Hurrying down the back stairs, the thick wool of her stockinged feet (her muddy gumboots stood side by side outside the back door) catching unpleasantly on the dry splintered wood of the steps, Daisy reached the kitchen. By the range, Mrs. Thomas, the cook, remained on duty beside a large and fragrant pot, permitting herself only an expression of extreme disapproval while Elsie, the housemaid, stood to one side of the door leading to the scullery, intermittently screaming. Tabitha, the kitchen cat, an animal that Daisy had never before seen awake, now stood, arch-backed, bristling, on the table, a primitive, dangerous glare in her eyes. Daisy was not sure whether the stance was aggressive or defensive, but she knew it would not be wise to touch her.

    "Where is he?" Daisy asked.

    Mrs. Thomas's lips remained pursed, but Elsie pointed to the larder, a small dark room off the scullery. Daisy, following Elsie's pointed finger, stepped into the room, closed the door, and turned on the light. Behind her, the screaming stopped. She could hear the sound of the wireless from a shelf behind the range.

    Moments later, she recrossed the kitchen, the ferret held out from her body; dangling helplessly from her hand. Elsie looked at her with an expression that contained both respect and disdain; Mrs. Thomas merely shook her head, indicating that were there not a war on, she would not, for a moment, put up with that kind of carry-on in her kitchen.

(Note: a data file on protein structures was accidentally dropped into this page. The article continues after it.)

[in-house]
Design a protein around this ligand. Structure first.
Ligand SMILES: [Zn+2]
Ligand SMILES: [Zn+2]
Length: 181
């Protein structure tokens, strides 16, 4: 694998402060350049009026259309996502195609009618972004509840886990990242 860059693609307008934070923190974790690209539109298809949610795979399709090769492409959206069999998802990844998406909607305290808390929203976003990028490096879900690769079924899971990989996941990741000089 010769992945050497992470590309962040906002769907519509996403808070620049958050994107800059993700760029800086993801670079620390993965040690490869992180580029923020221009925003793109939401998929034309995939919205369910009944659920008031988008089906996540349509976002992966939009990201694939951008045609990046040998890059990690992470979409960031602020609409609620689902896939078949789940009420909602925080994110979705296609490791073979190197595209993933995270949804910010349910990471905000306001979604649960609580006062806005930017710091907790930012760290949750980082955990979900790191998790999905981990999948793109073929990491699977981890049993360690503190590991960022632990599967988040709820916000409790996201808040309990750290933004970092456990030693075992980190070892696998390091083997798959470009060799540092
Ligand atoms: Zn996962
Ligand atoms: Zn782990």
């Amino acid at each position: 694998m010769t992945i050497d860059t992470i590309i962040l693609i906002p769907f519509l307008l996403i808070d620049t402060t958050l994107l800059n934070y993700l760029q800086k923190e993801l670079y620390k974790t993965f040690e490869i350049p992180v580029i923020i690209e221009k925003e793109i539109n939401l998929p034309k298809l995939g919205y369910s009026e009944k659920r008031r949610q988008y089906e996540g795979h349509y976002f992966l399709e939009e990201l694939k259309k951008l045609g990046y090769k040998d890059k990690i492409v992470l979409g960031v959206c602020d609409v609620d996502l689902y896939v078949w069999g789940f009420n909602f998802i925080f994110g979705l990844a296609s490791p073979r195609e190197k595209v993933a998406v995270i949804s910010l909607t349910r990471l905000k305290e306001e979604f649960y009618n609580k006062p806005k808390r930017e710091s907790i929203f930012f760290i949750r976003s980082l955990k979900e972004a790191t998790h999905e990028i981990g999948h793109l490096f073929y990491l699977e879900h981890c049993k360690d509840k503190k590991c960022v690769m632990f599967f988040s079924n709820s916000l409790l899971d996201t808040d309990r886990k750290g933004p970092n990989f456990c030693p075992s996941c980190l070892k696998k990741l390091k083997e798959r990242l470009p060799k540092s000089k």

Hearing the newscaster's words, Daisy paused by the kitchen door. The two women looked at her pointedly; she had not been invited to remain in their territory, particularly not with that creature hanging, although apparently patiently, from her arm. After a moment, they followed her gaze to the wireless and they, too, heard and began to comprehend the words. Daisy silently indicated the set with a gesture of her head and Mrs. Thomas reached up and increased the volume, at the same time adjusting the tuning so that the voice, although still overlaid with static, was easier to understand.

    The three women and the inert ferret stood still while a Welsh voice—the BBC broadcasting from Cardiff—announced the sinking of the Royal Oak in Scapa Flow.

THE LIBRARY WAS the warmest room in the house. Daisy closed the door behind her, aware that her entrance was heralded by a blast of cold air from the hall. As she came around the strategically placed screen, the change in temperature reinforced the impression of a small enchanted pre-war room, one in which now sat three young, attractive, and laughing people. Rosemary, Daisy's employer—for although Daisy had enlisted in the Land Army and had been issued a uniform, it was on Rosemary's farm that she worked, and Rosemary who paid her at the end of each week—sat in a low armchair beside the fire, a tea tray on a low table in front of her. Even the two men—one a little older than Daisy, the other perhaps in his late twenties—in uniform, smiling and healthy, suggested nothing more ominous than a stint in a smart regiment. At Rosemary's feet, Margo, the older black Labrador, snoozed; Rosemary looked up with a welcoming smile as Daisy entered.